I propose to reply to Questions Nos. 7, 29, 43 and 55 together. I wish to make clear at the outset that the Government remains firmly committed to the fiscal policy parameters set out in our policy programme.
Firm management of the public finances is a necessary part of this Government's strategy for employment and social justice. Maintaining annual borrowing at moderate levels is crucial to securing long-term sustainable growth and employment. Within that context, this Government is committed to a fiscal policy that seeks to maintain low budgetary deficits to continue downward pressure on the debt burden and meet the fiscal criteria set out in the Maastricht Treaty. By reducing the debt burden, we will be able to free up significant resources which are at present pre-empted by debt service costs, and reduce our exposure to adverse interest and exchange rate movements.
In the policy agreement,A Government of Renewal, this Government made a commitment that growth in current supply services spending will be held to an average annual rate of no more than 2 per cent in real terms over each of the forthcoming two budget years to release the fruits of economic growth more substantially for tax reduction and reform.
Indications are pointing to a satisfactory outturn for 1995 but tighter control of public spending in 1996 is absolutely necessary to secure continued adherence into the medium-term of the fiscal consolidation that has been a feature of Irish economic achievement for almost a decade. On the basis of present projections for 1996, adherence to the 2 per cent real growth is essential, not only to remain within the critical 3 per cent Masstricht limit but also to deliver on this Government's commitment to substantial measures for tax reform over the period of the programme. I assure the House that we are fully committed to respecting the spending growth limit of 2 per cent in real terms in 1996.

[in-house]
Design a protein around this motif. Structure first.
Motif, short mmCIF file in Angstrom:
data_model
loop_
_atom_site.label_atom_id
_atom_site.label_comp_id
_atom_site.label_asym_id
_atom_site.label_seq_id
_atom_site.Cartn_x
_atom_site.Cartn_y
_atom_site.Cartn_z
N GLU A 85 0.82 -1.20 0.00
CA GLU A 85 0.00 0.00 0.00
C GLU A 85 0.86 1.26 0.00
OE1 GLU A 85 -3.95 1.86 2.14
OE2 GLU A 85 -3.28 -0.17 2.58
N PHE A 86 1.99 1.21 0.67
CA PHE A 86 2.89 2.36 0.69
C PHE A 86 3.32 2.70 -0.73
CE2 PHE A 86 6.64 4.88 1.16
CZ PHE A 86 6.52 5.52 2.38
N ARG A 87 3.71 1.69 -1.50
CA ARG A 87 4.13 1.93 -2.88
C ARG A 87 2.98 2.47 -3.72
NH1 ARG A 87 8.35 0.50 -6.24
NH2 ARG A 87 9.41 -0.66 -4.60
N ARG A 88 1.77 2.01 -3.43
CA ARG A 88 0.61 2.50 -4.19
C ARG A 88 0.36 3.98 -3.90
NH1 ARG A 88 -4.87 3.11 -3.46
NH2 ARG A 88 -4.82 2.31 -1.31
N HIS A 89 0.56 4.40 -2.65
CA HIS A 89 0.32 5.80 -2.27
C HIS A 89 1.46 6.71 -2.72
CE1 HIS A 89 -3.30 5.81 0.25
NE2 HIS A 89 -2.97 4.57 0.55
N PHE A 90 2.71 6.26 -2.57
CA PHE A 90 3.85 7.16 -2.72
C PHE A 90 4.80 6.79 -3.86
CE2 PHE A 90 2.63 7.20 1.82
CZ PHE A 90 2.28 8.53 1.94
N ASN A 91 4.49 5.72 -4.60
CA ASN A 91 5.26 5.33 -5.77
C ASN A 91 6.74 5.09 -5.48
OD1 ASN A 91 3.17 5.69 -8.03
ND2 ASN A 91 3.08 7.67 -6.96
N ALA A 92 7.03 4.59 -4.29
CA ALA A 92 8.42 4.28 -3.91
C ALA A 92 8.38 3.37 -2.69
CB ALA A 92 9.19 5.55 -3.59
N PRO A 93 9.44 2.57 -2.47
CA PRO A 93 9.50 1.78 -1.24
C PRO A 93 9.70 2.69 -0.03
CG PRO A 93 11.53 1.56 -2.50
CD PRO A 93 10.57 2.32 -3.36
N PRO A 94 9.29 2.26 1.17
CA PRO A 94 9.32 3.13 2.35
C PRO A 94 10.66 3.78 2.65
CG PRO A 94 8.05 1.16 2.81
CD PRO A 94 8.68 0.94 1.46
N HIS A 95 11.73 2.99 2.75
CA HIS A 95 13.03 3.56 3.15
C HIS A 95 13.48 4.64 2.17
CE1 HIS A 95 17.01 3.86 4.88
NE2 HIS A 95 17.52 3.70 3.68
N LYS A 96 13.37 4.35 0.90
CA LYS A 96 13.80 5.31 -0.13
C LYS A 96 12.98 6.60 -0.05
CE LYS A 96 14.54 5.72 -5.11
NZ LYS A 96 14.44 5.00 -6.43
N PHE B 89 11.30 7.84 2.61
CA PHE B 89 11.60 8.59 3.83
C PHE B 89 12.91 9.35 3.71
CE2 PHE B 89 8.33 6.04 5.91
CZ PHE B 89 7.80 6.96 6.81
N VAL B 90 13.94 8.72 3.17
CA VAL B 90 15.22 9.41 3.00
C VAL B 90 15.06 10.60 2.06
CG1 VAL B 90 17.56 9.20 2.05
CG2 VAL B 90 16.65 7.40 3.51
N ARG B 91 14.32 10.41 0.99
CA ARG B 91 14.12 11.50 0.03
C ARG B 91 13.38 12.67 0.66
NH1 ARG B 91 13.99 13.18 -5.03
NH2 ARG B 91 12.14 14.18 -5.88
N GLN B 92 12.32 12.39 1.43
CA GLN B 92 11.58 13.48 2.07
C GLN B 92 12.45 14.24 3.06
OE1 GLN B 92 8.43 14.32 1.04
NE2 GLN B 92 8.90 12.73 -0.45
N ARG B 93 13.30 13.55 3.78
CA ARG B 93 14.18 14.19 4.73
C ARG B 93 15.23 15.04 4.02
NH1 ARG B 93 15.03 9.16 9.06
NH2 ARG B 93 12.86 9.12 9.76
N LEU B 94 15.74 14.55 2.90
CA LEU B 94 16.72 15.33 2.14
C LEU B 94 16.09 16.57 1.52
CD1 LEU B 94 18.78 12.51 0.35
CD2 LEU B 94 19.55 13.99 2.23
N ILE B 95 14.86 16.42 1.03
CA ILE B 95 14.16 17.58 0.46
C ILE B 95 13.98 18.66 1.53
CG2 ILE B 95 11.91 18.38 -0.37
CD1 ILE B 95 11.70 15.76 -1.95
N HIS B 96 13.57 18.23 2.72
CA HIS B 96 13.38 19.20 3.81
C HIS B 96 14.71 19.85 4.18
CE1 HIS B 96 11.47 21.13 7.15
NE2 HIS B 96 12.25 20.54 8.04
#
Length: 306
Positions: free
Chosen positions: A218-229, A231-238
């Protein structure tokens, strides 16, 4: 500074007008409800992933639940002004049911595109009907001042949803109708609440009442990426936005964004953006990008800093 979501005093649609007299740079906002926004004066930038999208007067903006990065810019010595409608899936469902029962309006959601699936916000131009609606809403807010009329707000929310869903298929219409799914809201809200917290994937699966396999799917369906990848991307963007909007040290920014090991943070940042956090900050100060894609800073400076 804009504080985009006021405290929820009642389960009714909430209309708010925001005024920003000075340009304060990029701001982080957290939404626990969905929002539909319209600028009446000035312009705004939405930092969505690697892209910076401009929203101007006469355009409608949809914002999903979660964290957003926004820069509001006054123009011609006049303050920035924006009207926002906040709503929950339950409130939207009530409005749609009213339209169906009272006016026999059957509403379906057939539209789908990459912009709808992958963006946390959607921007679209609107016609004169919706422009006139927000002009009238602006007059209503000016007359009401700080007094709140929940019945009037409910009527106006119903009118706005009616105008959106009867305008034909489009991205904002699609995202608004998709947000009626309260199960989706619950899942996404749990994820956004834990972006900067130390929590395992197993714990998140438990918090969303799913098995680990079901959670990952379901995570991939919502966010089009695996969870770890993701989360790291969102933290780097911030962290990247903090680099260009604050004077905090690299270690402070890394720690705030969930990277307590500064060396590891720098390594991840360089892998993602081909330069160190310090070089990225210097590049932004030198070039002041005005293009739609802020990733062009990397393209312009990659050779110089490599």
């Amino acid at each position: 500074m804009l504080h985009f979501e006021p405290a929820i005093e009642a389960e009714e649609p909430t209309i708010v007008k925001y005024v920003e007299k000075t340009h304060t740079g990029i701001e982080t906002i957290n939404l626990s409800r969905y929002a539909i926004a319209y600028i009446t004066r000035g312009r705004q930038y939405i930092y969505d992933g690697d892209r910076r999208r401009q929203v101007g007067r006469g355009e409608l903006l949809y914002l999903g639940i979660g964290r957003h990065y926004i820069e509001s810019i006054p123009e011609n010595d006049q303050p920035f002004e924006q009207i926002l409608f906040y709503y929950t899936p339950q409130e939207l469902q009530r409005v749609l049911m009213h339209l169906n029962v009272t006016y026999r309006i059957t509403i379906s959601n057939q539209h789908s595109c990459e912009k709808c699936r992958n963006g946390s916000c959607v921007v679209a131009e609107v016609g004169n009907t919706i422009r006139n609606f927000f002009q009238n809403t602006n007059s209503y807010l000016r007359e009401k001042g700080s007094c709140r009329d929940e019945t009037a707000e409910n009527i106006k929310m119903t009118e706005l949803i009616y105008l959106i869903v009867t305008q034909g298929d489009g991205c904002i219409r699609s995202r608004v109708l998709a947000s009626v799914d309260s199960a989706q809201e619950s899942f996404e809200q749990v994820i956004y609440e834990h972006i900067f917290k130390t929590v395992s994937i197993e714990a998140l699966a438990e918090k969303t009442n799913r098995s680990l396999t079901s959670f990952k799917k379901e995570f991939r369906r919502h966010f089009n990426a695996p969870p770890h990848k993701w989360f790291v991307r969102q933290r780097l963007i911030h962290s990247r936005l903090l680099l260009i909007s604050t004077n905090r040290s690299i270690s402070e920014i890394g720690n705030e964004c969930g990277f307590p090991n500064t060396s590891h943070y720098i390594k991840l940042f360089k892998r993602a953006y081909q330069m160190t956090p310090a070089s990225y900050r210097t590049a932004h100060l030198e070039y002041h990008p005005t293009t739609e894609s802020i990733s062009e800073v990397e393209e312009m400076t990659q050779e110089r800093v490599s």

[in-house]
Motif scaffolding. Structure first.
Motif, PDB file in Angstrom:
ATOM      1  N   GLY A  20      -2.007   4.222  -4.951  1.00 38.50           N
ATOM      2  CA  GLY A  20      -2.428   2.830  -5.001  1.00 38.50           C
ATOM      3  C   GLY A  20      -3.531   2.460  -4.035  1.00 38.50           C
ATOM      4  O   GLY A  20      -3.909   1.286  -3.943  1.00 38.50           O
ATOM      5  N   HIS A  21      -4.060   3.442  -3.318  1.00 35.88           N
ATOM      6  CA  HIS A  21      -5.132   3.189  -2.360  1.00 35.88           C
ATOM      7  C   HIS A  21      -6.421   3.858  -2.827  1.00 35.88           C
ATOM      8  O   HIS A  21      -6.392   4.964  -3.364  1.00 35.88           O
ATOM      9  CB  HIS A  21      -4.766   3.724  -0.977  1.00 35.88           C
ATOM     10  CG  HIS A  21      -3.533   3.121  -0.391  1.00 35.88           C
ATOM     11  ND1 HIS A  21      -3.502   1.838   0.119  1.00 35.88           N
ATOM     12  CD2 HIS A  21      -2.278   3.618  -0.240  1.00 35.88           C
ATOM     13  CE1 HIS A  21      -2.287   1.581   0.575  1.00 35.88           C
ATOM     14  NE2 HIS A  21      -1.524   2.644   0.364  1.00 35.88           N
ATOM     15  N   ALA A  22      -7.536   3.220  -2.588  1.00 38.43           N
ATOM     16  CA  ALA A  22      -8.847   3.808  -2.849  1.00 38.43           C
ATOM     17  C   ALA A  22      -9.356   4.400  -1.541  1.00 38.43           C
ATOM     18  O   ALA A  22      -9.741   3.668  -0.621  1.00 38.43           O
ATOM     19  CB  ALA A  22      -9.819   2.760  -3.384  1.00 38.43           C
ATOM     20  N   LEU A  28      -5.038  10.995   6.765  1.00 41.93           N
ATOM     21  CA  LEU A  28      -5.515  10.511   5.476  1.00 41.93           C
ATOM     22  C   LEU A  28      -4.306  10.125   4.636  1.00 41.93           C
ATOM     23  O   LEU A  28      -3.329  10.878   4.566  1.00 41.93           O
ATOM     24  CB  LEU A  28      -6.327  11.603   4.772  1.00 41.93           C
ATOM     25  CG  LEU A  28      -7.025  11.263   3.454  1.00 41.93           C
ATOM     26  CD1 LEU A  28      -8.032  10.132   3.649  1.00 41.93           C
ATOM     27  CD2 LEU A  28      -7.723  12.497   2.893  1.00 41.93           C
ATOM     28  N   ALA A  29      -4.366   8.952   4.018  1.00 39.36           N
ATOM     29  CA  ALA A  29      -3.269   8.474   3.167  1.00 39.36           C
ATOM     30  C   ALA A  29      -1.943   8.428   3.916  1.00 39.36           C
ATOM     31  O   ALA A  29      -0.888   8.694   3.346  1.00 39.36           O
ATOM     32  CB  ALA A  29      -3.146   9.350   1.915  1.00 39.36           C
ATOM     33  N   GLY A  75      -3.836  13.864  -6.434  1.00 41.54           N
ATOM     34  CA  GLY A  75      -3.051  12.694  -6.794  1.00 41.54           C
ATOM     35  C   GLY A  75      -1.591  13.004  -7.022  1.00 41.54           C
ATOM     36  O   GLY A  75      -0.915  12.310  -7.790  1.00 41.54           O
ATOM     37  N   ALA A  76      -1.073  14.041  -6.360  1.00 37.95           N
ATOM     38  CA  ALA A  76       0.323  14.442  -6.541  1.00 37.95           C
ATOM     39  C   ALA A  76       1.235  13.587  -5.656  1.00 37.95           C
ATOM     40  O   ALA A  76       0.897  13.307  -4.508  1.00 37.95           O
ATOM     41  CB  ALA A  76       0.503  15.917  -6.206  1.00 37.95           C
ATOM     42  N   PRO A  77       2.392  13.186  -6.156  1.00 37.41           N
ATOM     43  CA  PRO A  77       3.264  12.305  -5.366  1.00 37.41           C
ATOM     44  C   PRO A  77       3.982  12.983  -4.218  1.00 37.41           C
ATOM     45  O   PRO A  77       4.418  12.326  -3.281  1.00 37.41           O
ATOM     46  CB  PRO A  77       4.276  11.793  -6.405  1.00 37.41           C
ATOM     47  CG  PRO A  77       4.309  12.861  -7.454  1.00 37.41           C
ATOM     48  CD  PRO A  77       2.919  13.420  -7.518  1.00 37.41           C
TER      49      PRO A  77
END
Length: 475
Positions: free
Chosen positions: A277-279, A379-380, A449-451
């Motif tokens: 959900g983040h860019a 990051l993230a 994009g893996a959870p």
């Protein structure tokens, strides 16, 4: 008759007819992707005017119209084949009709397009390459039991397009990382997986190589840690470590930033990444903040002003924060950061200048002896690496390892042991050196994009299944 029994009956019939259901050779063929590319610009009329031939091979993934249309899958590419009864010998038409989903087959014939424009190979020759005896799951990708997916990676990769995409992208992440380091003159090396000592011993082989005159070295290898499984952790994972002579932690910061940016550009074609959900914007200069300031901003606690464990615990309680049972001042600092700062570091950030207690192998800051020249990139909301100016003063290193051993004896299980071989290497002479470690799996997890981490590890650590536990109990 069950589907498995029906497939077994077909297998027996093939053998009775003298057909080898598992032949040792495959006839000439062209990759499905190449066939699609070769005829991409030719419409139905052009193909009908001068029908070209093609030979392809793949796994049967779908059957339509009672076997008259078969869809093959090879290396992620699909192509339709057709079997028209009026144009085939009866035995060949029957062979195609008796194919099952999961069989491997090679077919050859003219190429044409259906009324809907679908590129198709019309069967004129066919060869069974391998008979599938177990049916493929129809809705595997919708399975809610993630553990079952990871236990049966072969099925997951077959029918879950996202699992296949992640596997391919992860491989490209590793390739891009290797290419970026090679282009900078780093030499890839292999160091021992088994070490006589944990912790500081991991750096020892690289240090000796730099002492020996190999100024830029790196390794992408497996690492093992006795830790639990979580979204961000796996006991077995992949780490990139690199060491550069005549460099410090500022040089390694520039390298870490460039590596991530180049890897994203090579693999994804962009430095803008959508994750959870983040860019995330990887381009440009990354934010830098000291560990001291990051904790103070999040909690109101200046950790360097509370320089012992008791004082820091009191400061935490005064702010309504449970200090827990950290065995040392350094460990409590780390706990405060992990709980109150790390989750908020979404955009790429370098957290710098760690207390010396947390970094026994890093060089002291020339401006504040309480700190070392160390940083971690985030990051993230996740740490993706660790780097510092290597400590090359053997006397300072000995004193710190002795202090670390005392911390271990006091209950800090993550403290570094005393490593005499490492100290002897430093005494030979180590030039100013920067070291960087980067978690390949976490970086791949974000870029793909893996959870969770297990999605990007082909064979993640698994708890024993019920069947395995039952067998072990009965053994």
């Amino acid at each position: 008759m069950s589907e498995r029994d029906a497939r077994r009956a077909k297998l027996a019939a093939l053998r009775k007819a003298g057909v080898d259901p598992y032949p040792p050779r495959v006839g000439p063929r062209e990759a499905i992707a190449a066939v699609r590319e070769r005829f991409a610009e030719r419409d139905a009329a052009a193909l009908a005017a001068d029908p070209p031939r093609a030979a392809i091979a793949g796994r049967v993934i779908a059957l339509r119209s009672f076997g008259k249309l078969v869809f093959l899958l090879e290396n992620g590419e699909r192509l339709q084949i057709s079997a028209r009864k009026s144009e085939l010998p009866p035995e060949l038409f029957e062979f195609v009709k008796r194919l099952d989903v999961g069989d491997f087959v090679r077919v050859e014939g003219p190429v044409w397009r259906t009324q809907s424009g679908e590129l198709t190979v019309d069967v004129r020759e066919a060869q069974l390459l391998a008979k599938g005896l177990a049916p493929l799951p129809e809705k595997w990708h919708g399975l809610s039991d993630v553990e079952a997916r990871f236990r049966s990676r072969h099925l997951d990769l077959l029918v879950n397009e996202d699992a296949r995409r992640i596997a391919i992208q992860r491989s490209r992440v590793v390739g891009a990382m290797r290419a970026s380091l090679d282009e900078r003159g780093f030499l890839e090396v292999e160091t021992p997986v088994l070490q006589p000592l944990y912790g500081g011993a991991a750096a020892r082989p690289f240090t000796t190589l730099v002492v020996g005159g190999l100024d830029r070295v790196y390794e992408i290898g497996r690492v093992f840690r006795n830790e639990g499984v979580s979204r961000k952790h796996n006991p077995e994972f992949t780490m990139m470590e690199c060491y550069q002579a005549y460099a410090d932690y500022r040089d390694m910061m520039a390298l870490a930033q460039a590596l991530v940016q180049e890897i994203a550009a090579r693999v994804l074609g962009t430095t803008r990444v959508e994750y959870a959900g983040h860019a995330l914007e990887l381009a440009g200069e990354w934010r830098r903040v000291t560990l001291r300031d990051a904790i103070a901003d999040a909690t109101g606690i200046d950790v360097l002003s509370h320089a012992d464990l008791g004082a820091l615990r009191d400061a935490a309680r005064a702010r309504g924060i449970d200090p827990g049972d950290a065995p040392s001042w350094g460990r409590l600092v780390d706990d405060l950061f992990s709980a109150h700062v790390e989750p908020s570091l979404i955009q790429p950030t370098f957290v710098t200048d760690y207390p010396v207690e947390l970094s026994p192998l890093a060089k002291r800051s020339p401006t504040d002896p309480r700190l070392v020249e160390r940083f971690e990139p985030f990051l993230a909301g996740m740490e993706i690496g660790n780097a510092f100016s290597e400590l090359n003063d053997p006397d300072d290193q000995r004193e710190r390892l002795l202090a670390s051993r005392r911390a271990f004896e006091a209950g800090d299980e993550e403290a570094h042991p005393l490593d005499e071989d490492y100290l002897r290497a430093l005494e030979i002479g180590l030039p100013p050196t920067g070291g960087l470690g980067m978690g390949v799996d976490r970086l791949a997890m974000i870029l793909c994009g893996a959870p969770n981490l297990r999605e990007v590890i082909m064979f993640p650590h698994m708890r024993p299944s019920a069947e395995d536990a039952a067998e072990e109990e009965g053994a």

As I just mentioned, indications are pointing to a satisfactory outturn for 1995 and public spending is on target. While some additional spending pressures have emerged, such as the additional costs associated with higher than anticipated average numbers on the live register, I anticipate that sufficient savings will be available elsewhere to offset in substantial measure these extra costs in 1995. The implications for 1996 expenditure of the increase in the numbers on the live register and other additional pressures which have emerged are being taken fully into account in settling the estimates for 1996.
I remind the House that the decisions on public expenditure which were taken last July were aimed at containing the growth in gross current supply services expenditure in 1996. The main impact of the decision which the Government took on restricting the numbers employed in the public sector will be felt on 1996 spending. These decisions were prudent and timely measures to ensure that the 2 per cent spending target for 1996 will not be exceeded.
The process of settling the 1996 departmental spending Estimates is nearing completion. I have been engaged in detailed discussions with my Government colleagues to ensure that their Departments' Estimates for 1996 are finalised and agreed within the overall targets laid down by the Government. I expect to be in a position to bring these discussions to a satisfactory conclusion in the very near future.
As soon as the Estimates are finalised, the details will be published in the Abridged Estimates Volume and the Summary Public Capital Programme for 1996. The Estimates for the Department of Social Welfare will, of course, be detailed with all the other departmental Estimates in these publications.